There had been too much of an unfair attack on metal in the past, especially in the ’80s, as far as it being Satanic.
Ellefson: It’s funny. Even when the thrash thing started, with Venom and all that, even if you listen to those things, none of those guys were Satan worshipers. They talked about Satan. Worshiping Satan, it’s like, ‘Is that the best you can do?’ He’s kind of a small fry guy. You’re kind of limiting your resources a little bit there, if you go down that road.
In a recent quote, you encouraged young bands to be more original if they want to be successful. Do you think originality is nearly dead, though?
Ellefson: Here’s the thing. Even in our genre, we drew upon everything from Priest, Maiden, Sabbath, and those that went before us. But we also branched out and listened to other things, and that’s the thing that’s been so unique about Megadeth over the years — that there’s such a broad musical diversity within the band, among the players. It’s helped us not only survive but, more importantly, thrive. Especially twenty years ago when the thrash thing went way back underground. We ended up hanging a left turn into the mainstream, because we had the skills and ability in the band to do that. To me, the most exciting times in this band is when we rise to the occasion and create something new. Of course, a lot of bands have been influenced by Megadeth over the years and that’s great. But I personally respect the ones who go on and do something that does not sound like Megadeth.
I remember one time we were in the elevator of a hotel in Cleveland and the guitarist from the band Matchbox Twenty got in the elevator and he was freaking out that he was standing next to Marty Friedman. He was a big fan. And to me, that was cool. Here’s a guy who was in a very big mainstream pop band who loved the talents of Marty Friedman, who at that time was the shredder of Megadeth. To me, it’s all in what you do with it, to where it goes to your head and to your fingers and comes out something unique and special. That’s why I encourage artists. Record labels are not going to sign an also-ran. They are going to sign things that are unique, ground-breaking, cutting-edge, and are essentially going to change the face of the world. That’s what people get excited about. That’s what stirs the human spirit.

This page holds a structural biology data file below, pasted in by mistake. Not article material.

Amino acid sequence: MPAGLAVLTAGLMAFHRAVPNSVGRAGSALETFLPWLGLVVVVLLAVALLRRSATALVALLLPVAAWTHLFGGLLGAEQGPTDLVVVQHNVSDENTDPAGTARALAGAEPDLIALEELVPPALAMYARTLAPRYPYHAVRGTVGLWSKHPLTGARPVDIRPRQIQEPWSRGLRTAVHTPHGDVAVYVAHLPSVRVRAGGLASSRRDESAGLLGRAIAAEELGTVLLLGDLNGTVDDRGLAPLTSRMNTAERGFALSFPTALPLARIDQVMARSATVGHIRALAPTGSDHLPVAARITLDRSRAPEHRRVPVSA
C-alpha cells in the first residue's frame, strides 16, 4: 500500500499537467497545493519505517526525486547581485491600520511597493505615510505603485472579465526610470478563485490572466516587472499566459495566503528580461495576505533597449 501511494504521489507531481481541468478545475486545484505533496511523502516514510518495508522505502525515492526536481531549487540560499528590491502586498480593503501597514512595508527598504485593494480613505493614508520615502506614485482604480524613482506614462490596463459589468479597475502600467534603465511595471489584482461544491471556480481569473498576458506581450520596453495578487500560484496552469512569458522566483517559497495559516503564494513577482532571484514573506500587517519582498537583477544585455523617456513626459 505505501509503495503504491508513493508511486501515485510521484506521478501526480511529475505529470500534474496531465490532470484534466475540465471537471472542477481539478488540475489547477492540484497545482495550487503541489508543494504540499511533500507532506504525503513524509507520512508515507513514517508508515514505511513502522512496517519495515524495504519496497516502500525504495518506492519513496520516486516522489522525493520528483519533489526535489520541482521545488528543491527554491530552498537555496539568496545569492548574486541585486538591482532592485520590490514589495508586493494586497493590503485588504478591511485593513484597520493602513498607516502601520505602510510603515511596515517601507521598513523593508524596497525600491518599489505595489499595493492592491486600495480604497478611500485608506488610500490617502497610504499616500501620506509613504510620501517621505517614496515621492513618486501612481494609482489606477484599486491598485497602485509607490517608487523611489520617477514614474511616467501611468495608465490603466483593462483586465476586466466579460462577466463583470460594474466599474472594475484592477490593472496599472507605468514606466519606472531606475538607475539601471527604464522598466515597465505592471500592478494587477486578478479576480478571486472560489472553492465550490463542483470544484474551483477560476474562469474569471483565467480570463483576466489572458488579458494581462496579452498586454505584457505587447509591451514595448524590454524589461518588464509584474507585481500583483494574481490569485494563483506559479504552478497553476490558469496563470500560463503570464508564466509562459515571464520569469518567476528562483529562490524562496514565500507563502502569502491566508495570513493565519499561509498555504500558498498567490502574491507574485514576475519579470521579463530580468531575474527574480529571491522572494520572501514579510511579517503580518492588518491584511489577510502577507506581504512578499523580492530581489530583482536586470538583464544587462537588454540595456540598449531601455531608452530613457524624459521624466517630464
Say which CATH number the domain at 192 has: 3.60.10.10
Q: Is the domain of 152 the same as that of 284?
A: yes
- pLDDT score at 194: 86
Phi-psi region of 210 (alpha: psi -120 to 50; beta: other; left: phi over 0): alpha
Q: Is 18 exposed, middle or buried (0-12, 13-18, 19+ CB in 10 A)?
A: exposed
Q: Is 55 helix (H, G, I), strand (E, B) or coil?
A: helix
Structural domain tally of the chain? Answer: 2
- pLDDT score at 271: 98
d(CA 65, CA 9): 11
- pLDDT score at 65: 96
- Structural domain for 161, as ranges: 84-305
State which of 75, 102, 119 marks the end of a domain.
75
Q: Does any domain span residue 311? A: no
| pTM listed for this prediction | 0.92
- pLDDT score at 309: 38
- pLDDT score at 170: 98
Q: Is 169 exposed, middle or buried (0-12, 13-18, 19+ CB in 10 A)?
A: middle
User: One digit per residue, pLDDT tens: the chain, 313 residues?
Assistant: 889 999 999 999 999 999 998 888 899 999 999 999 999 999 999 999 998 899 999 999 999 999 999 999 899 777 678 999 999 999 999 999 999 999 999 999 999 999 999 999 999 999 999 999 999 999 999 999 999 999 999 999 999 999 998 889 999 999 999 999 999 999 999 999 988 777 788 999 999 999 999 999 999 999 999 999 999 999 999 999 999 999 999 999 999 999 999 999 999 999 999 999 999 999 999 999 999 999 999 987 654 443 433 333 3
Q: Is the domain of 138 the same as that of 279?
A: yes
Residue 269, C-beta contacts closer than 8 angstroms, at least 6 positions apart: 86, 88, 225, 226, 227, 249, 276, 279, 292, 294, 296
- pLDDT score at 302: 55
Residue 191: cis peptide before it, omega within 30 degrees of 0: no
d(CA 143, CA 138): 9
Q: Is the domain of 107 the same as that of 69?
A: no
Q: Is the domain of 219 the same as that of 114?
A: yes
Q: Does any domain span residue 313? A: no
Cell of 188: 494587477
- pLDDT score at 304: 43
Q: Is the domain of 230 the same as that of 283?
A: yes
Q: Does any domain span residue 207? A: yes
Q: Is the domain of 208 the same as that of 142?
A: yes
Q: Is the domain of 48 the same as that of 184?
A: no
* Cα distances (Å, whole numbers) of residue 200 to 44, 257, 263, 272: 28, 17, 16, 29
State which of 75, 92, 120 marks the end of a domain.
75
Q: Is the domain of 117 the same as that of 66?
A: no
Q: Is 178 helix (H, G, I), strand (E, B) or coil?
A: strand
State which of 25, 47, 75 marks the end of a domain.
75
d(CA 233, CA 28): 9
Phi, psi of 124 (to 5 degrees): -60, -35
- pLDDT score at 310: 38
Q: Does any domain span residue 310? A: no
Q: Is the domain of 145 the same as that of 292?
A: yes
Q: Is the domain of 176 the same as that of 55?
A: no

Well, I was impressed to see you wearing an Angel Witch shirt in your first Megadeth promo photo since returning. A nice New Wave of British Heavy Metal plug. Do you think too many metal fans have forgotten about those bands? There were some really good bands back then.
Ellefson: They really were good! We go back and listen to those things, and Dave has never pulled out from those roots. I did a show with another group I have called Hail! and we play cover tunes. And the whole point of that is to go back and relive not just the thrash stuff but the stuff that inspired the thrash stuff. Let’s go be fans again ourselves and go up and play music that inspired us. Going back to play UFO and things. I like the attitude that, if you like, for instance, what Megadeth did, go listen to what influenced the guys in Megadeth. And you’ll understand how they created the Megadeth music. It ‘s a good thing to go back and listen to the inspiration to those who inspired you.
How do you feel about the Rust In Peace tour?
Ellefson: Good. There’s just a great work ethic in the band. It’s a well-oiled machine. I stepped into something that is very together. And a lot of that is based on back when I was in it so I pretty much know the drill. It’s cool to see Shawn and Chris, as the newer guys in Megadeth, to be very seasoned already. They’ve got a great mindset and great spirit. Dave has always been very focused. He gets out of bed and first thing on his mind is ‘How do I improve Megadeth?’ and it’s the last thing we talk about before we go to bed. And it’s cool to see that that hasn’t changed.
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